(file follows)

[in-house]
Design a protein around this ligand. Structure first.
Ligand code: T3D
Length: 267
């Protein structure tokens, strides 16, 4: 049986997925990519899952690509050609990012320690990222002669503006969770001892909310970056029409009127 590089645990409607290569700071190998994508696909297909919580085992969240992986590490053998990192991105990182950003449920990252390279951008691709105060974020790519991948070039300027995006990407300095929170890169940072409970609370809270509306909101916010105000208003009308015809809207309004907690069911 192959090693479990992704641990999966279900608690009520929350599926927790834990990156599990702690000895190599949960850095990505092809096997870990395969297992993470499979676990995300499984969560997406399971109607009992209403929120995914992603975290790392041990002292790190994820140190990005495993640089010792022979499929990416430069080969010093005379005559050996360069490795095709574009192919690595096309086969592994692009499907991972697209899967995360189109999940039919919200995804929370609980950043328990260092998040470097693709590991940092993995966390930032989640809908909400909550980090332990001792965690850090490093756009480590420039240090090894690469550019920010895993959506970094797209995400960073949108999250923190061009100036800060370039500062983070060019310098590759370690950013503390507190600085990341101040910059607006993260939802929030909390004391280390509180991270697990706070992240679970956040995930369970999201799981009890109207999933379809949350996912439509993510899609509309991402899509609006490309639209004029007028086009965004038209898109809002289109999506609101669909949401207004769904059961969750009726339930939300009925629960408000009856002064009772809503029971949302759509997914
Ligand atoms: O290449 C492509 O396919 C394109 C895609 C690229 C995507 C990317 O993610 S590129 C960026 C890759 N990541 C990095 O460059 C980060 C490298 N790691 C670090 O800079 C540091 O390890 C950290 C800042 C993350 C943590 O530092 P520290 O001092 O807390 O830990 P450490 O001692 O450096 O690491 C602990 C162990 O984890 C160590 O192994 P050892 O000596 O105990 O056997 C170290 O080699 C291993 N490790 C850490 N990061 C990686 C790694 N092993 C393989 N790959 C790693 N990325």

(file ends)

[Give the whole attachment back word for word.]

[in-house]
Design a protein around this ligand. Structure first.
Ligand code: T3D
Length: 267
């Protein structure tokens, strides 16, 4: 049986997925990519899952690509050609990012320690990222002669503006969770001892909310970056029409009127 590089645990409607290569700071190998994508696909297909919580085992969240992986590490053998990192991105990182950003449920990252390279951008691709105060974020790519991948070039300027995006990407300095929170890169940072409970609370809270509306909101916010105000208003009308015809809207309004907690069911 192959090693479990992704641990999966279900608690009520929350599926927790834990990156599990702690000895190599949960850095990505092809096997870990395969297992993470499979676990995300499984969560997406399971109607009992209403929120995914992603975290790392041990002292790190994820140190990005495993640089010792022979499929990416430069080969010093005379005559050996360069490795095709574009192919690595096309086969592994692009499907991972697209899967995360189109999940039919919200995804929370609980950043328990260092998040470097693709590991940092993995966390930032989640809908909400909550980090332990001792965690850090490093756009480590420039240090090894690469550019920010895993959506970094797209995400960073949108999250923190061009100036800060370039500062983070060019310098590759370690950013503390507190600085990341101040910059607006993260939802929030909390004391280390509180991270697990706070992240679970956040995930369970999201799981009890109207999933379809949350996912439509993510899609509309991402899509609006490309639209004029007028086009965004038209898109809002289109999506609101669909949401207004769904059961969750009726339930939300009925629960408000009856002064009772809503029971949302759509997914
Ligand atoms: O290449 C492509 O396919 C394109 C895609 C690229 C995507 C990317 O993610 S590129 C960026 C890759 N990541 C990095 O460059 C980060 C490298 N790691 C670090 O800079 C540091 O390890 C950290 C800042 C993350 C943590 O530092 P520290 O001092 O807390 O830990 P450490 O001692 O450096 O690491 C602990 C162990 O984890 C160590 O192994 P050892 O000596 O105990 O056997 C170290 O080699 C291993 N490790 C850490 N990061 C990686 C790694 N092993 C393989 N790959 C790693 N990325």